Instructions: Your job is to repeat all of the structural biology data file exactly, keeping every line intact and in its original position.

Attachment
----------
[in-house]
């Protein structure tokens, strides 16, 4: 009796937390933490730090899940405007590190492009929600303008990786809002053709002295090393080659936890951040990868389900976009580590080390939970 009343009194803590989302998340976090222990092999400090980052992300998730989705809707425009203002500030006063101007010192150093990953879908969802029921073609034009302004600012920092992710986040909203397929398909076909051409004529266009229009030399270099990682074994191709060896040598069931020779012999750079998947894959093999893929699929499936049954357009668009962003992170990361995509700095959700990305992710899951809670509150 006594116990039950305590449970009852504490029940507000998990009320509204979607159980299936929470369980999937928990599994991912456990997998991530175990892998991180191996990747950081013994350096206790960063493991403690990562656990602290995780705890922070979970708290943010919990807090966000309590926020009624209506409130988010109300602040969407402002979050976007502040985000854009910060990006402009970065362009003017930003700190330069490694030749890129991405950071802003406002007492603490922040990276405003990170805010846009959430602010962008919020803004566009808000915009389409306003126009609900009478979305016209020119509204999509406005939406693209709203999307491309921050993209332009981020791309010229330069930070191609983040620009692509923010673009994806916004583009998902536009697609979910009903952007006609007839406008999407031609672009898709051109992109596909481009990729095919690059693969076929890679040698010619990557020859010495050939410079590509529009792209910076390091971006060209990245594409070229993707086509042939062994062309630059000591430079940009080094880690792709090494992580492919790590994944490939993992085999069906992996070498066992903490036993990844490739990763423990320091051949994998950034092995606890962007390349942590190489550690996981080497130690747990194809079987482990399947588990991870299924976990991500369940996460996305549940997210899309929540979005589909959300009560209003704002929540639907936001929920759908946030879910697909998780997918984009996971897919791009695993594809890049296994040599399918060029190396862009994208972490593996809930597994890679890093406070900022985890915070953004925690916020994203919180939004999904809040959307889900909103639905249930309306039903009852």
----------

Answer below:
[in-house]
């Protein structure tokens, strides 16, 4: 009796937390933490730090899940405007590190492009929600303008990786809002053709002295090393080659936890951040990868389900976009580590080390939970 009343009194803590989302998340976090222990092999400090980052992300998730989705809707425009203002500030006063101007010192150093990953879908969802029921073609034009302004600012920092992710986040909203397929398909076909051409004529266009229009030399270099990682074994191709060896040598069931020779012999750079998947894959093999893929699929499936049954357009668009962003992170990361995509700095959700990305992710899951809670509150 006594116990039950305590449970009852504490029940507000998990009320509204979607159980299936929470369980999937928990599994991912456990997998991530175990892998991180191996990747950081013994350096206790960063493991403690990562656990602290995780705890922070979970708290943010919990807090966000309590926020009624209506409130988010109300602040969407402002979050976007502040985000854009910060990006402009970065362009003017930003700190330069490694030749890129991405950071802003406002007492603490922040990276405003990170805010846009959430602010962008919020803004566009808000915009389409306003126009609900009478979305016209020119509204999509406005939406693209709203999307491309921050993209332009981020791309010229330069930070191609983040620009692509923010673009994806916004583009998902536009697609979910009903952007006609007839406008999407031609672009898709051109992109596909481009990729095919690059693969076929890679040698010619990557020859010495050939410079590509529009792209910076390091971006060209990245594409070229993707086509042939062994062309630059000591430079940009080094880690792709090494992580492919790590994944490939993992085999069906992996070498066992903490036993990844490739990763423990320091051949994998950034092995606890962007390349942590190489550690996981080497130690747990194809079987482990399947588990991870299924976990991500369940996460996305549940997210899309929540979005589909959300009560209003704002929540639907936001929920759908946030879910697909998780997918984009996971897919791009695993594809890049296994040599399918060029190396862009994208972490593996809930597994890679890093406070900022985890915070953004925690916020994203919180939004999904809040959307889900909103639905249930309306039903009852």